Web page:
Placing a loved one in an Alzheimer’s facility is one of the most difficult decisions a person can confront. In this excerpt from our report Caregivers Ask the Expert Dr. Peter Rabins offers his advice at a very difficult moment.
Q. After a series of sometimes-heated family discussions, my daughters and I finally decided to put my wife in an Alzheimer’s facility not too far from my home. Miriam is 77 and they will have room for her next month. In the 48 years of our marriage, we have been separated at night less than a dozen times. I’m afraid that when I bring her to the nursing home I won’t be able to deal with walking away and leaving her there.
I fear for my own mental stability, but even more, I dread to imagine what my dear Miriam will be thinking. I have never cried so much in my life as I have in the past three years since she was diagnosed with Alzheimer’s. How do other people deal with this tragedy? I feel like I am being flayed alive.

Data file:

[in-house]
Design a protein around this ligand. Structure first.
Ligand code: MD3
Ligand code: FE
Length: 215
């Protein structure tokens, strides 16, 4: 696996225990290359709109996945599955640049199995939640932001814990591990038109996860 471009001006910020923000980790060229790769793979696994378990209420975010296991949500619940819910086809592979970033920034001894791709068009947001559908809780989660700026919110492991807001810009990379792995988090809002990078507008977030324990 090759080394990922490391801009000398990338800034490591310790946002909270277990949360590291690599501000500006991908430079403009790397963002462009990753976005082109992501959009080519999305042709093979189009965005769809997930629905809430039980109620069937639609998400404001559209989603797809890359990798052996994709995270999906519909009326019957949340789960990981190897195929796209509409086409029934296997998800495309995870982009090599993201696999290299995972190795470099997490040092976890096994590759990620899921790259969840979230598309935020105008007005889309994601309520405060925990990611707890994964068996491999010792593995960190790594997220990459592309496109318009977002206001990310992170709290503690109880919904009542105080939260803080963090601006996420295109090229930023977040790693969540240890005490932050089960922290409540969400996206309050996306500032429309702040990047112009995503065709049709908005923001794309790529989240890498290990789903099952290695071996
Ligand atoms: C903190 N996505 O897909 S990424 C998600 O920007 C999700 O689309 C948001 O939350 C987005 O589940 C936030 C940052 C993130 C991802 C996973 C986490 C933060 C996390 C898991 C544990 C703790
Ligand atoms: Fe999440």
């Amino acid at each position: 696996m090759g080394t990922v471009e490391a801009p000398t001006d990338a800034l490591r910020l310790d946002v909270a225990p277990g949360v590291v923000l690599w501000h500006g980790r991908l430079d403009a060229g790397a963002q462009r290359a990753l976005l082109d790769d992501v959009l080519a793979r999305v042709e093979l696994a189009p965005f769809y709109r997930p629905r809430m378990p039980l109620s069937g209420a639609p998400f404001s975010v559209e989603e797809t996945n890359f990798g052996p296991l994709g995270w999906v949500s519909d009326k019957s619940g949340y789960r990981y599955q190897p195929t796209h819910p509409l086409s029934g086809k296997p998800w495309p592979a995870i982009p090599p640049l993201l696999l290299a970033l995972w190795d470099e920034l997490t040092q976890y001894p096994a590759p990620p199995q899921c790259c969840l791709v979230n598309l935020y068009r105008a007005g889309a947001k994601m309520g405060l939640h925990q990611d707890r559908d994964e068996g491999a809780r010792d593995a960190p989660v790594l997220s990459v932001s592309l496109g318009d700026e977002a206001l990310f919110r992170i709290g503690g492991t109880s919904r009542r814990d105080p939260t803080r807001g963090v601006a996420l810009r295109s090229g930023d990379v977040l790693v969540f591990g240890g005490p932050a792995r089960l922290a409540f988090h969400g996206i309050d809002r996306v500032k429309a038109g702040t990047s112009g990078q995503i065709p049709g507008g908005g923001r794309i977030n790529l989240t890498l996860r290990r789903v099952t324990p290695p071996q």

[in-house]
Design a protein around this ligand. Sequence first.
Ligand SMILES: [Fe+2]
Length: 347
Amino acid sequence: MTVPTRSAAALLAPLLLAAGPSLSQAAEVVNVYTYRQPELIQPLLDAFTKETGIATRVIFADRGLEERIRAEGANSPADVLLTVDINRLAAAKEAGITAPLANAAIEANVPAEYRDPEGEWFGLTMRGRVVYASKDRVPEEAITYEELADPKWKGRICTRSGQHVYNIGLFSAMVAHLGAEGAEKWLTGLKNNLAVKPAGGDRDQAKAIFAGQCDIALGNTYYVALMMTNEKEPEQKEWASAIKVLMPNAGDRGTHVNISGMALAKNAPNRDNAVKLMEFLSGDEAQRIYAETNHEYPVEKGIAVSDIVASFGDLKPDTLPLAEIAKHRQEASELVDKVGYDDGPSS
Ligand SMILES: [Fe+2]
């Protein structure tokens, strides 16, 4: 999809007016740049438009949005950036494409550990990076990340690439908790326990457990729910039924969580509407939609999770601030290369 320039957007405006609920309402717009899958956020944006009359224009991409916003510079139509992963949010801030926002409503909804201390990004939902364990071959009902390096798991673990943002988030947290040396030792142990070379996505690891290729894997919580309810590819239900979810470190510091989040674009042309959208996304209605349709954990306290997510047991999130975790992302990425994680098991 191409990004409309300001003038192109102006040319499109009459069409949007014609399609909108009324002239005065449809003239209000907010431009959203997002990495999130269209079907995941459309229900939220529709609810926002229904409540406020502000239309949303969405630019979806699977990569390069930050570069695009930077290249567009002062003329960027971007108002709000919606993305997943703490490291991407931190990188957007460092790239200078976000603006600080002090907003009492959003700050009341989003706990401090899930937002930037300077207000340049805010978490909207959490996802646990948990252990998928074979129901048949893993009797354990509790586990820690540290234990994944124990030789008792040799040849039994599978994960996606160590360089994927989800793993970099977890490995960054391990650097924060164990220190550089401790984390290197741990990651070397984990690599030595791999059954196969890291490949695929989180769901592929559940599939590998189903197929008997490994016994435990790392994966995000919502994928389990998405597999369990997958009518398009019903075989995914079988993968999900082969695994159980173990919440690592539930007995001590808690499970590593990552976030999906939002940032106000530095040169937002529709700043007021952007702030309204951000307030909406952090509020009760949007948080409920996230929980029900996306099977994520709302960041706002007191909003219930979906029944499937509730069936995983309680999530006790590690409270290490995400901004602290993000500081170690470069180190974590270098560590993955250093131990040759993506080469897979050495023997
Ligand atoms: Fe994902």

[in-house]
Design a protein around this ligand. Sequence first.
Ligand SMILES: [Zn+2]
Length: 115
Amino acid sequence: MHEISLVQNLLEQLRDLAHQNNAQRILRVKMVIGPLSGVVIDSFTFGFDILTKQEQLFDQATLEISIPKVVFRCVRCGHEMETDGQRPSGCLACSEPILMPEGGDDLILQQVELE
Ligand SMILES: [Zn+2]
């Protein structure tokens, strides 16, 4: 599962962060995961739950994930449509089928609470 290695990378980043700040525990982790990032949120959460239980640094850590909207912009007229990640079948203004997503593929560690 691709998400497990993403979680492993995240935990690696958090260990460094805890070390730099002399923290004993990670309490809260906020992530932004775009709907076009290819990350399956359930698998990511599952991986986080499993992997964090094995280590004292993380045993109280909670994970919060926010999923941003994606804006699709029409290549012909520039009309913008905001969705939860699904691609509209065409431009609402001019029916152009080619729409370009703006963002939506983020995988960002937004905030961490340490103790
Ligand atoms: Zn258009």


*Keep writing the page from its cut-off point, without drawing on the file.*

Dr. Rabins replies. Talk with people at the Alzheimer’s facility. They have been through this before and can probably help you and your wife through this difficult situation. There is no one right way to prepare for such a move. For some people, early preparation and discussion is helpful. For others, especially those with more advanced impairments, early discussion only leads to agitation without the ability to remember and so gain from the discussion.
You may need to talk with a professional yourself. Your distress is understandable and you should know that many other people find this one of the most difficult decisions they ever make. Acknowledging this and getting support is a sign of psychological health, not an admission of weakness. Your getting help will benefit both you and your spouse.
Posted in Memory on September 12, 2012
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